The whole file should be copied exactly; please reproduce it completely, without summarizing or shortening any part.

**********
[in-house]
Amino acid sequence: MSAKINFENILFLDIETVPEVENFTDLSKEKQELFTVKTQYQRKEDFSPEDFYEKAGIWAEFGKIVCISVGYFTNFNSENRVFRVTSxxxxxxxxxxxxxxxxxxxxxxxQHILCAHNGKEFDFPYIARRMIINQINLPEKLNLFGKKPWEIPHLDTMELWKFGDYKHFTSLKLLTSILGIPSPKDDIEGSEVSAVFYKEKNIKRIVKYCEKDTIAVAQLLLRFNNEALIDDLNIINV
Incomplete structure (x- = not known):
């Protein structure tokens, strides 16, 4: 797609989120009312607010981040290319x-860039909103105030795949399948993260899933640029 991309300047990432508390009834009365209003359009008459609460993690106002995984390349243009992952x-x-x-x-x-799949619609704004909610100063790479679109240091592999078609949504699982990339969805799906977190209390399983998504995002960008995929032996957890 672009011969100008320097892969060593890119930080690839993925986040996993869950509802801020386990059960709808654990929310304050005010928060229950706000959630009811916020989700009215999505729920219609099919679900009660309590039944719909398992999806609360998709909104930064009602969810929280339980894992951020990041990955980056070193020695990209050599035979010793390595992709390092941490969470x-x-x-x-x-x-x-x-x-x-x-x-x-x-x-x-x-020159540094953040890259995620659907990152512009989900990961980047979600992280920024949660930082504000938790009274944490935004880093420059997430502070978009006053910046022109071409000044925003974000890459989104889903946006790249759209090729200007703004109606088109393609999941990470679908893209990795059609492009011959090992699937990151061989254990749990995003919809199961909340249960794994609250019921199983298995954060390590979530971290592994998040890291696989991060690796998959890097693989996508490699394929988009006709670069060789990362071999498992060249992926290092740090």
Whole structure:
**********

[in-house]
Amino acid sequence: MSAKINFENILFLDIETVPEVENFTDLSKEKQELFTVKTQYQRKEDFSPEDFYEKAGIWAEFGKIVCISVGYFTNFNSENRVFRVTSxxxxxxxxxxxxxxxxxxxxxxxQHILCAHNGKEFDFPYIARRMIINQINLPEKLNLFGKKPWEIPHLDTMELWKFGDYKHFTSLKLLTSILGIPSPKDDIEGSEVSAVFYKEKNIKRIVKYCEKDTIAVAQLLLRFNNEALIDDLNIINV
Incomplete structure (x- = not known):
């Protein structure tokens, strides 16, 4: 797609989120009312607010981040290319x-860039909103105030795949399948993260899933640029 991309300047990432508390009834009365209003359009008459609460993690106002995984390349243009992952x-x-x-x-x-799949619609704004909610100063790479679109240091592999078609949504699982990339969805799906977190209390399983998504995002960008995929032996957890 672009011969100008320097892969060593890119930080690839993925986040996993869950509802801020386990059960709808654990929310304050005010928060229950706000959630009811916020989700009215999505729920219609099919679900009660309590039944719909398992999806609360998709909104930064009602969810929280339980894992951020990041990955980056070193020695990209050599035979010793390595992709390092941490969470x-x-x-x-x-x-x-x-x-x-x-x-x-x-x-x-x-020159540094953040890259995620659907990152512009989900990961980047979600992280920024949660930082504000938790009274944490935004880093420059997430502070978009006053910046022109071409000044925003974000890459989104889903946006790249759209090729200007703004109606088109393609999941990470679908893209990795059609492009011959090992699937990151061989254990749990995003919809199961909340249960794994609250019921199983298995954060390590979530971290592994998040890291696989991060690796998959890097693989996508490699394929988009006709670069060789990362071999498992060249992926290092740090």
Whole structure: